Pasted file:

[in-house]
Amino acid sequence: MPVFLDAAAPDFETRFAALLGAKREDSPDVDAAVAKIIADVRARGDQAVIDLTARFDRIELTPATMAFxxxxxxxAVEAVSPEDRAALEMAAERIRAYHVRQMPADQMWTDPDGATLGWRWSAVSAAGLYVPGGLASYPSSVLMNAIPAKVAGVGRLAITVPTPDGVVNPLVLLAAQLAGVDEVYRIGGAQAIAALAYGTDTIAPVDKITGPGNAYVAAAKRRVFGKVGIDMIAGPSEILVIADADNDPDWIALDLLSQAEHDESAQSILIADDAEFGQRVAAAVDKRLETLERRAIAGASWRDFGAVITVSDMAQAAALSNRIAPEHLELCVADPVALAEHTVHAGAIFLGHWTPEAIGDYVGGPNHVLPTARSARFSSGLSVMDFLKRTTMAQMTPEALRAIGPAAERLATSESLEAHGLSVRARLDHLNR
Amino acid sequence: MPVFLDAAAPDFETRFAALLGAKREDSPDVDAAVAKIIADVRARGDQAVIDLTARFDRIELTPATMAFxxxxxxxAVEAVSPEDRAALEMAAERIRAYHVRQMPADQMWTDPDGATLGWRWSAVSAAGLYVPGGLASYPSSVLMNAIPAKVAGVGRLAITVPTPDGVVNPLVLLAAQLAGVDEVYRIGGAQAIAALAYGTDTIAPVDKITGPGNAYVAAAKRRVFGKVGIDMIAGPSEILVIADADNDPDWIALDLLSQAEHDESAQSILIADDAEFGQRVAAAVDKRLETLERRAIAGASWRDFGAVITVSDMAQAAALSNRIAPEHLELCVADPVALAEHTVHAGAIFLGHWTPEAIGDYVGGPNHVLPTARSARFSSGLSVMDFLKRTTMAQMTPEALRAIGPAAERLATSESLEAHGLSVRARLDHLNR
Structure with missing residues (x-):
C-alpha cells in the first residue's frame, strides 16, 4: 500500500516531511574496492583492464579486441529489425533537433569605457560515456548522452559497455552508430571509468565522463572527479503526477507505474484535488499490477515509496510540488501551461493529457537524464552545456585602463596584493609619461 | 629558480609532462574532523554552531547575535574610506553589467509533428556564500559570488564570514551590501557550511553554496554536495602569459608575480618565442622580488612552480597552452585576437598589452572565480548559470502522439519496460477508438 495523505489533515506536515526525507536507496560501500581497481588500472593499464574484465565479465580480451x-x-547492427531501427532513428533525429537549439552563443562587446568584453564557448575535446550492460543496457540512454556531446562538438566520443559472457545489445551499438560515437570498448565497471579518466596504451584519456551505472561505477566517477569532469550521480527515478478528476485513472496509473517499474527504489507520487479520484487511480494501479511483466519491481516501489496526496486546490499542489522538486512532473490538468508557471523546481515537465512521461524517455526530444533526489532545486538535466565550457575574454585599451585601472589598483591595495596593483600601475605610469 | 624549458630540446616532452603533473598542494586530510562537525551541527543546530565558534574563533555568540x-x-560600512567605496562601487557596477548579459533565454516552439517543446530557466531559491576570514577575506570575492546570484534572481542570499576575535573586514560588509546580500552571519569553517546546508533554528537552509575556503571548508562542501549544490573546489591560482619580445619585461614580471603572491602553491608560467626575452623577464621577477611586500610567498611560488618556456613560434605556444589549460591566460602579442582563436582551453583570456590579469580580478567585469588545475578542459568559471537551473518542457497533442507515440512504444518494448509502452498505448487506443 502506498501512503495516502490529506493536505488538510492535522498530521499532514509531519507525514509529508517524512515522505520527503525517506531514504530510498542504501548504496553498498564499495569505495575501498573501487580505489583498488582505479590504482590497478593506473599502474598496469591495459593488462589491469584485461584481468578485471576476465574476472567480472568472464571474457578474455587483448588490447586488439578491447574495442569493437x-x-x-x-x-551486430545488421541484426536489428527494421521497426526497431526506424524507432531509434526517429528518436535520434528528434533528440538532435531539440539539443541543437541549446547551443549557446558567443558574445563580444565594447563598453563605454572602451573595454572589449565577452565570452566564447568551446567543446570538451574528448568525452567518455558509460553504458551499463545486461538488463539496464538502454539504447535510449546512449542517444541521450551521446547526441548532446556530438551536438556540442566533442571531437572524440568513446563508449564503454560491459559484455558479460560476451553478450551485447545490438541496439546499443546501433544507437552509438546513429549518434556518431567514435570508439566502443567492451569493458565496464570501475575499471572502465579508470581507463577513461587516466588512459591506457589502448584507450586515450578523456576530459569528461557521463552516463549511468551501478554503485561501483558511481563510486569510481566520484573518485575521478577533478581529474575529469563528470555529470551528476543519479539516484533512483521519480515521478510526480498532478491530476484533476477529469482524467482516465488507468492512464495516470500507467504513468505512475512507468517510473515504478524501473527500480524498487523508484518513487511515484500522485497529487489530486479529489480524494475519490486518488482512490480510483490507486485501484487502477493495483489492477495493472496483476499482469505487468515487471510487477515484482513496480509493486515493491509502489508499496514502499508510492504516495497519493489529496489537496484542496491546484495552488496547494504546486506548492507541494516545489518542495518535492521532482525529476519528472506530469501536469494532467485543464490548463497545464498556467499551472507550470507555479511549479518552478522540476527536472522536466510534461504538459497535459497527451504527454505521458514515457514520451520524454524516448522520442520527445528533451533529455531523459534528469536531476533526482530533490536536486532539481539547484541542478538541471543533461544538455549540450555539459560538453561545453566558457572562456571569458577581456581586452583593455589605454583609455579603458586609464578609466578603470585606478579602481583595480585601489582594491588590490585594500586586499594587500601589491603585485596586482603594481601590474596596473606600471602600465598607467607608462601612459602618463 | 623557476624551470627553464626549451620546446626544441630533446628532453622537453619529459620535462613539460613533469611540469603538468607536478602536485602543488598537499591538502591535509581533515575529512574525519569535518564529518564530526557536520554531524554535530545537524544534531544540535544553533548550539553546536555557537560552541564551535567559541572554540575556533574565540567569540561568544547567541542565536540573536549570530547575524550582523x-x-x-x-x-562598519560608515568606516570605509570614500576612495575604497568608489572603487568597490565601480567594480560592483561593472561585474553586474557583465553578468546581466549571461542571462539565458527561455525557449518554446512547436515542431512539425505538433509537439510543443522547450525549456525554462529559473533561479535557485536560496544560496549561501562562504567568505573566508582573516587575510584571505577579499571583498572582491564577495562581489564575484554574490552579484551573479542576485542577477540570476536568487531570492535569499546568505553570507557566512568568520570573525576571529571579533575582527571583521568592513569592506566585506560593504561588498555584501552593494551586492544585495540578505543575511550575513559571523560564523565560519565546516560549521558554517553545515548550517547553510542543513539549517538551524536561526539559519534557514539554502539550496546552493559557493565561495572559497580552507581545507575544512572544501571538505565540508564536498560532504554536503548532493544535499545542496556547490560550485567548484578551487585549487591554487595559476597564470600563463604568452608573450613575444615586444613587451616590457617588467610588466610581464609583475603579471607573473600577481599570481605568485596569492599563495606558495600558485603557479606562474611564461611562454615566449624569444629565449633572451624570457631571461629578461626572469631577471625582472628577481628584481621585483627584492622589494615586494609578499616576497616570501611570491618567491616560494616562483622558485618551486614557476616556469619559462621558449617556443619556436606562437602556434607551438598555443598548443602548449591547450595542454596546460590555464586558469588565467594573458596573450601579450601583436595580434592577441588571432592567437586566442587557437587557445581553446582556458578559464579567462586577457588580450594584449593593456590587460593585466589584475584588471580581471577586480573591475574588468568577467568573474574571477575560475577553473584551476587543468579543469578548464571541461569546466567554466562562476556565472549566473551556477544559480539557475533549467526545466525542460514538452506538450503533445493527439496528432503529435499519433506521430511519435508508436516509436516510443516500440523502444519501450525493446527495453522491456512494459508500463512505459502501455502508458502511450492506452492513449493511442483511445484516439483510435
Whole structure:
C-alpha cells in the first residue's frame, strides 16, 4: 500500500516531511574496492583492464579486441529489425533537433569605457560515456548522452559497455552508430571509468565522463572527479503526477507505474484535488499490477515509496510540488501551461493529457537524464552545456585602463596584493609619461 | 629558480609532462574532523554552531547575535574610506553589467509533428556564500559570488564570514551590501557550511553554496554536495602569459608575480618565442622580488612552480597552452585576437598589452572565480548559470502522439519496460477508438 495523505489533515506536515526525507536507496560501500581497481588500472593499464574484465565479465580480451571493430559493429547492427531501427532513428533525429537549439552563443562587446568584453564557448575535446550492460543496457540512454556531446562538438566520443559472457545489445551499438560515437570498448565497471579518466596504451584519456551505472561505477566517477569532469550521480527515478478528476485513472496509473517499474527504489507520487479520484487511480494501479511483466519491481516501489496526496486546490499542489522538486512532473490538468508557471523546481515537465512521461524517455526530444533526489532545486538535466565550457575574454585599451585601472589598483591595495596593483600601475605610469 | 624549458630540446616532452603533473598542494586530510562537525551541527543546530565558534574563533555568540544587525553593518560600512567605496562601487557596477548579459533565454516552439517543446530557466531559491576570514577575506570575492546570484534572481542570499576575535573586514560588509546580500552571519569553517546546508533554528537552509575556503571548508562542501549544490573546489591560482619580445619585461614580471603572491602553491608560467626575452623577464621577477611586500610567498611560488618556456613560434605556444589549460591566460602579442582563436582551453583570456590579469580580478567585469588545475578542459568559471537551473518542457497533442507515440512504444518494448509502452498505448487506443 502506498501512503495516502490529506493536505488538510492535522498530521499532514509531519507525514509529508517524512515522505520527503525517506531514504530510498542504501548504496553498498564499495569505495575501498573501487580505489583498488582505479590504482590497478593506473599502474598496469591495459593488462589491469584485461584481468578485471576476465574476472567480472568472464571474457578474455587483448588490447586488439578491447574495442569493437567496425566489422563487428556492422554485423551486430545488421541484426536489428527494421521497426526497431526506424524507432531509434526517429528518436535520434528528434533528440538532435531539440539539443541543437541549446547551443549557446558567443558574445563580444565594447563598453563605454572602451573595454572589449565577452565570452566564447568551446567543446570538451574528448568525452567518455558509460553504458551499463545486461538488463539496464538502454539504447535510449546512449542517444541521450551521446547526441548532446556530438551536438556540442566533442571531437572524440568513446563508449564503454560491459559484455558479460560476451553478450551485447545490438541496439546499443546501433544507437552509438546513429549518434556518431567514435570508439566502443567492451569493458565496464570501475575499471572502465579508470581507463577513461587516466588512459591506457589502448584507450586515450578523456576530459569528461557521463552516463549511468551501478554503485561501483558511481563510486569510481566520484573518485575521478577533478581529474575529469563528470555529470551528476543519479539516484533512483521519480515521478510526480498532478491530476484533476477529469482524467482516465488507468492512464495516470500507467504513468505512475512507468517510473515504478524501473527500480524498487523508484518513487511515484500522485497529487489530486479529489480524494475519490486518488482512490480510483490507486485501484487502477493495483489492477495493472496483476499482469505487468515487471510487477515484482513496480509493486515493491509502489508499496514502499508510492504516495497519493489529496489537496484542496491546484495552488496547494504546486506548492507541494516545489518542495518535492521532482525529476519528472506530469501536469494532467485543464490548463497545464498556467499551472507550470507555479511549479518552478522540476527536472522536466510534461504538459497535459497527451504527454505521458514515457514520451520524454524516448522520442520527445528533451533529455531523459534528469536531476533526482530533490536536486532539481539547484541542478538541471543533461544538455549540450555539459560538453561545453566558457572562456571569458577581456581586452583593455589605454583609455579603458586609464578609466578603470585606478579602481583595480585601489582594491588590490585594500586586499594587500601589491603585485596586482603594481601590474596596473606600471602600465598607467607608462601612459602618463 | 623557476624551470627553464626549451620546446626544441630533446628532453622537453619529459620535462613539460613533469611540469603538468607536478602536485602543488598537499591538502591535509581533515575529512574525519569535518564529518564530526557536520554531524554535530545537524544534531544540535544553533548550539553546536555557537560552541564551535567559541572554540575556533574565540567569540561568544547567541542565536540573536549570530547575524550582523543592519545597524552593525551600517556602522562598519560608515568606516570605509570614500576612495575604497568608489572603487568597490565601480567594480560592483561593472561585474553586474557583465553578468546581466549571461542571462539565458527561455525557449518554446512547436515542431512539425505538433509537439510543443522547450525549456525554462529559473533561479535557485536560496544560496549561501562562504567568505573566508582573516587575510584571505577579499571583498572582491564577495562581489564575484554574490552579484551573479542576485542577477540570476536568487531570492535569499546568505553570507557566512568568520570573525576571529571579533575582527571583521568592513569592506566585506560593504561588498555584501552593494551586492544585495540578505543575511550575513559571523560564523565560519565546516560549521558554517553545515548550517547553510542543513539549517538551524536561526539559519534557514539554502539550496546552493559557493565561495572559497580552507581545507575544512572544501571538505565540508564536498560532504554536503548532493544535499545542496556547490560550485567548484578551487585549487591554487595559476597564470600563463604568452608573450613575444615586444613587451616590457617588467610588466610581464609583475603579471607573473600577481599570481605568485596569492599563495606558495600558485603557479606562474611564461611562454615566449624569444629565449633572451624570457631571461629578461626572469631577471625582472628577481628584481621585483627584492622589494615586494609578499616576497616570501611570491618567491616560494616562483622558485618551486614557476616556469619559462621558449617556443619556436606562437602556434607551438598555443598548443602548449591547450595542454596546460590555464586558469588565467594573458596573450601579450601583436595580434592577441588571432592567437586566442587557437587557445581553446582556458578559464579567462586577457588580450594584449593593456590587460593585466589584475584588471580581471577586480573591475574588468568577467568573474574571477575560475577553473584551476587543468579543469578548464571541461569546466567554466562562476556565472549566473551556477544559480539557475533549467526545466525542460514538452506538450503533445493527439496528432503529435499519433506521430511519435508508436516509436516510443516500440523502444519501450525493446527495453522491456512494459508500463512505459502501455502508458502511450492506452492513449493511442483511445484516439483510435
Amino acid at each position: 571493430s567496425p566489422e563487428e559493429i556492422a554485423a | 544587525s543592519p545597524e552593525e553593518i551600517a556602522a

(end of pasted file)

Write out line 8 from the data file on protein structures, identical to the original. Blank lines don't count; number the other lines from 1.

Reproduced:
Amino acid at each position: 571493430s567496425p566489422e563487428e559493429i556492422a554485423a | 544587525s543592519p545597524e552593525e553593518i551600517a556602522a